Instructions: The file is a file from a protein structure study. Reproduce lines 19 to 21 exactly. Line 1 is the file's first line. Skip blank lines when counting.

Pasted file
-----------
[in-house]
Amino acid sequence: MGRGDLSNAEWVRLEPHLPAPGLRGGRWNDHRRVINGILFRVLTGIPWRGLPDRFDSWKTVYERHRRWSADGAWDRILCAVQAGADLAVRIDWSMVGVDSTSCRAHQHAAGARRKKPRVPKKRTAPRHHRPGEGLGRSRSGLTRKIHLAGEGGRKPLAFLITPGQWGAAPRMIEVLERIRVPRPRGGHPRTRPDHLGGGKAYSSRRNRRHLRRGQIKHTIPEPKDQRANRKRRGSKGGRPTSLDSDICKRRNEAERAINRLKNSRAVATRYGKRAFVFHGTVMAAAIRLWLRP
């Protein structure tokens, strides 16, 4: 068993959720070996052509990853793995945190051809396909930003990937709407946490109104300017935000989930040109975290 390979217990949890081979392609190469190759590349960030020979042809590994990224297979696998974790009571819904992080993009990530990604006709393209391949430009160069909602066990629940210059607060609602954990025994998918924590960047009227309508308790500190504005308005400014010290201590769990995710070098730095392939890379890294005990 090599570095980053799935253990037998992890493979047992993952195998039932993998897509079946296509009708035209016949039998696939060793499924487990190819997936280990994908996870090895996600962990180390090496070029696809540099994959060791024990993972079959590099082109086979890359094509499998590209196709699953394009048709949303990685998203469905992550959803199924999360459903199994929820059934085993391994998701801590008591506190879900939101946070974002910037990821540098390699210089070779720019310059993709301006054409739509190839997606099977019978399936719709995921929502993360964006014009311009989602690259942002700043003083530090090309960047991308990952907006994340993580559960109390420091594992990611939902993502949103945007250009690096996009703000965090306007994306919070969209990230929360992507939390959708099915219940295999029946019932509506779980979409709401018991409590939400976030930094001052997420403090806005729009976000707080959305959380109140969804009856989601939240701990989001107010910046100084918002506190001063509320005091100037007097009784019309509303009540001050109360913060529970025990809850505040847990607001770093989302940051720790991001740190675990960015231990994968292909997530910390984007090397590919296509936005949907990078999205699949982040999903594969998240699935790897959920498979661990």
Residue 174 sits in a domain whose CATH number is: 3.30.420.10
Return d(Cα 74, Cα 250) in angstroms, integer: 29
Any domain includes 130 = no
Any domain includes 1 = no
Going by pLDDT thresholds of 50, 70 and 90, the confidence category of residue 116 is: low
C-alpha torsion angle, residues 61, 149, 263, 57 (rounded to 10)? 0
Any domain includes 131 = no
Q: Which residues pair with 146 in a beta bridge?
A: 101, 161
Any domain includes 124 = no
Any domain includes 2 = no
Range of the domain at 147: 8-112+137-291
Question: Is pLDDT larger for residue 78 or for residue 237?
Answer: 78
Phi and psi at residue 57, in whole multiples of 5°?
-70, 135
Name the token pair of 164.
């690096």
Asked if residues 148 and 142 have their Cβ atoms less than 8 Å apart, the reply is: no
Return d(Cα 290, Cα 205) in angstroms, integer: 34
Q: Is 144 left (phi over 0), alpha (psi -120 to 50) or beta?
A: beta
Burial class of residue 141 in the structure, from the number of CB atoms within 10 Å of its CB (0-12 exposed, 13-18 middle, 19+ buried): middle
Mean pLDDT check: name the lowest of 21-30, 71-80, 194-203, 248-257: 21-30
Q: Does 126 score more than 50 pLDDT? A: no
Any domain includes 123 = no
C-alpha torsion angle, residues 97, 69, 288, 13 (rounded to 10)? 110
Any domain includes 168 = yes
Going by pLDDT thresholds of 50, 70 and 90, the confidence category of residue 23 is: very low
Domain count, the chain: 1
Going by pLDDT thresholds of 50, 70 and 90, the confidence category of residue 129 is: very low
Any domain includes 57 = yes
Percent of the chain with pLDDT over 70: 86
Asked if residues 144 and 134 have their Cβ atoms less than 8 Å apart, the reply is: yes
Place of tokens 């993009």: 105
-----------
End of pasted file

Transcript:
-70, 135
Name the token pair of 164.
């690096």